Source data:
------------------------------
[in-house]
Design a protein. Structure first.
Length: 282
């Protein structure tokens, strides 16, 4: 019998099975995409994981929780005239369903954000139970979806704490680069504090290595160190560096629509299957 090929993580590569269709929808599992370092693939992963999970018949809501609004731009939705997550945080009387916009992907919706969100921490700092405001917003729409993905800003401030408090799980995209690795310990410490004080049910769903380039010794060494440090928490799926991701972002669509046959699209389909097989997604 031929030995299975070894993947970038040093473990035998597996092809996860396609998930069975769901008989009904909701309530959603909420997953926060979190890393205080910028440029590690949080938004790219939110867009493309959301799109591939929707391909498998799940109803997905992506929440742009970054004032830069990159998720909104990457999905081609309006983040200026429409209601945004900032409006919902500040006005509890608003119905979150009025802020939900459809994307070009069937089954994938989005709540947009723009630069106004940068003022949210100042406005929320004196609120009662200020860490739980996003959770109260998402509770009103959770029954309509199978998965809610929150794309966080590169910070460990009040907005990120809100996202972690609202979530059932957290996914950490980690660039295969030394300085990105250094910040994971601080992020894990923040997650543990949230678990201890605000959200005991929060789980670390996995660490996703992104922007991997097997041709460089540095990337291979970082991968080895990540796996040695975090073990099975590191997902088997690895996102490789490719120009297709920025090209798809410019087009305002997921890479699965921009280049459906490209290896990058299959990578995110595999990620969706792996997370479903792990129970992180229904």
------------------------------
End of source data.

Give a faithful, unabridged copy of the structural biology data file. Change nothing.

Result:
[in-house]
Design a protein. Structure first.
Length: 282
């Protein structure tokens, strides 16, 4: 019998099975995409994981929780005239369903954000139970979806704490680069504090290595160190560096629509299957 090929993580590569269709929808599992370092693939992963999970018949809501609004731009939705997550945080009387916009992907919706969100921490700092405001917003729409993905800003401030408090799980995209690795310990410490004080049910769903380039010794060494440090928490799926991701972002669509046959699209389909097989997604 031929030995299975070894993947970038040093473990035998597996092809996860396609998930069975769901008989009904909701309530959603909420997953926060979190890393205080910028440029590690949080938004790219939110867009493309959301799109591939929707391909498998799940109803997905992506929440742009970054004032830069990159998720909104990457999905081609309006983040200026429409209601945004900032409006919902500040006005509890608003119905979150009025802020939900459809994307070009069937089954994938989005709540947009723009630069106004940068003022949210100042406005929320004196609120009662200020860490739980996003959770109260998402509770009103959770029954309509199978998965809610929150794309966080590169910070460990009040907005990120809100996202972690609202979530059932957290996914950490980690660039295969030394300085990105250094910040994971601080992020894990923040997650543990949230678990201890605000959200005991929060789980670390996995660490996703992104922007991997097997041709460089540095990337291979970082991968080895990540796996040695975090073990099975590191997902088997690895996102490789490719120009297709920025090209798809410019087009305002997921890479699965921009280049459906490209290896990058299959990578995110595999990620969706792996997370479903792990129970992180229904």